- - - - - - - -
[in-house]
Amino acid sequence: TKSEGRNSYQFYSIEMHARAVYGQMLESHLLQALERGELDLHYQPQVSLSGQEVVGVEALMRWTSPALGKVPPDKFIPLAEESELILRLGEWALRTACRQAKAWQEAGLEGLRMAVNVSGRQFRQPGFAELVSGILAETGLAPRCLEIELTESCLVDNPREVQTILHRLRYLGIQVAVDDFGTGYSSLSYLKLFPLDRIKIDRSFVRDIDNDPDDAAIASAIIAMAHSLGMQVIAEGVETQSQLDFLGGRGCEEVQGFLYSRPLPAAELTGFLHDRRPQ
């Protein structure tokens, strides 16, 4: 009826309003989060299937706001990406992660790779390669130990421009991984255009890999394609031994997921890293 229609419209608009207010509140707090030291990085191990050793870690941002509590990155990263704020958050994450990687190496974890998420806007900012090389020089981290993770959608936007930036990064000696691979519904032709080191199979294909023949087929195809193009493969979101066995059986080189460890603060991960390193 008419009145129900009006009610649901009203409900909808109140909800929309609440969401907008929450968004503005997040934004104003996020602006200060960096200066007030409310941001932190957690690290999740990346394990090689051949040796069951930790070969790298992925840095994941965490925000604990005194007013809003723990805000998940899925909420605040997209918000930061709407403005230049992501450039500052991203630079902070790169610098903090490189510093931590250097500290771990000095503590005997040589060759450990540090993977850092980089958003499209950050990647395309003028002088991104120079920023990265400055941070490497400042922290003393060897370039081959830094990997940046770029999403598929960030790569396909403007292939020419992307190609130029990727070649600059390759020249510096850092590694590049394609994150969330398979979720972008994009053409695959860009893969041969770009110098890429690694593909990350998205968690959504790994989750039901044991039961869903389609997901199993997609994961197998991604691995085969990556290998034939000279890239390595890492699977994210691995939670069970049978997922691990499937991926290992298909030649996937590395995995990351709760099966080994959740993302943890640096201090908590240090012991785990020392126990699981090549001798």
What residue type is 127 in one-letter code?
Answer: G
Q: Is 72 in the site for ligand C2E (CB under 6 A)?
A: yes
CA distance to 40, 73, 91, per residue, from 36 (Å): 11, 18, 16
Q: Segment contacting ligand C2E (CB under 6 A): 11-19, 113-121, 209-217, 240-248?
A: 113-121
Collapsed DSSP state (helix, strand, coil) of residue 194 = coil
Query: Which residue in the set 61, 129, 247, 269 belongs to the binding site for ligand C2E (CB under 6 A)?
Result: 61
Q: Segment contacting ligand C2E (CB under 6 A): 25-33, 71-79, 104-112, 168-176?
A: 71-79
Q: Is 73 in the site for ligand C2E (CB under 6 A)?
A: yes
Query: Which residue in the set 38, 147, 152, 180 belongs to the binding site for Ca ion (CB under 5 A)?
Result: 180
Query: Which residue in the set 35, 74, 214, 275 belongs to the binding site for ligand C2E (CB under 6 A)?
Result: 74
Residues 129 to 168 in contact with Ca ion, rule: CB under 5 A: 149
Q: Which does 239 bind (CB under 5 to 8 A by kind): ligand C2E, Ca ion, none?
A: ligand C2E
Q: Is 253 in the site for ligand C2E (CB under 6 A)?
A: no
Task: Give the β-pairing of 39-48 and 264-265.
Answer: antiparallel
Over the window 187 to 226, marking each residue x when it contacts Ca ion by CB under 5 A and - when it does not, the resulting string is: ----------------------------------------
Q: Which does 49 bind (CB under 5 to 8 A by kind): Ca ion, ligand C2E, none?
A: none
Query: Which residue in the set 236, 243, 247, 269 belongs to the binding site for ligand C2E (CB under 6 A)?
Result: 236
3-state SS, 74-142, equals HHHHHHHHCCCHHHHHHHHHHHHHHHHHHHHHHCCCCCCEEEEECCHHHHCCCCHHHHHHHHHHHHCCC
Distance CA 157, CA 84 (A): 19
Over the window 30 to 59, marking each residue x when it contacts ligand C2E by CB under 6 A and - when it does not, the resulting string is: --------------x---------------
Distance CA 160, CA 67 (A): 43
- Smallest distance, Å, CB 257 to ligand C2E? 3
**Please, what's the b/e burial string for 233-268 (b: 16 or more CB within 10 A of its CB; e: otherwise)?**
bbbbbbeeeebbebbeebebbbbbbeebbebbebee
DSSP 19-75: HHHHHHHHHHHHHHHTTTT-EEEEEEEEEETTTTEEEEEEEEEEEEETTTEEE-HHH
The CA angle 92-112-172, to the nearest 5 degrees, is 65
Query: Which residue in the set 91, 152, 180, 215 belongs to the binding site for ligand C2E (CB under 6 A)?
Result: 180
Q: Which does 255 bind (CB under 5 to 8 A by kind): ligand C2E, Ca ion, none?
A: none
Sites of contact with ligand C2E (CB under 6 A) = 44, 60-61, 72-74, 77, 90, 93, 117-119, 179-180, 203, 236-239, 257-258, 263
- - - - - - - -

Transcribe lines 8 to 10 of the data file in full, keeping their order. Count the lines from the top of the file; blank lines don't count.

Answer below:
CA distance to 40, 73, 91, per residue, from 36 (Å): 11, 18, 16
Q: Segment contacting ligand C2E (CB under 6 A): 11-19, 113-121, 209-217, 240-248?
A: 113-121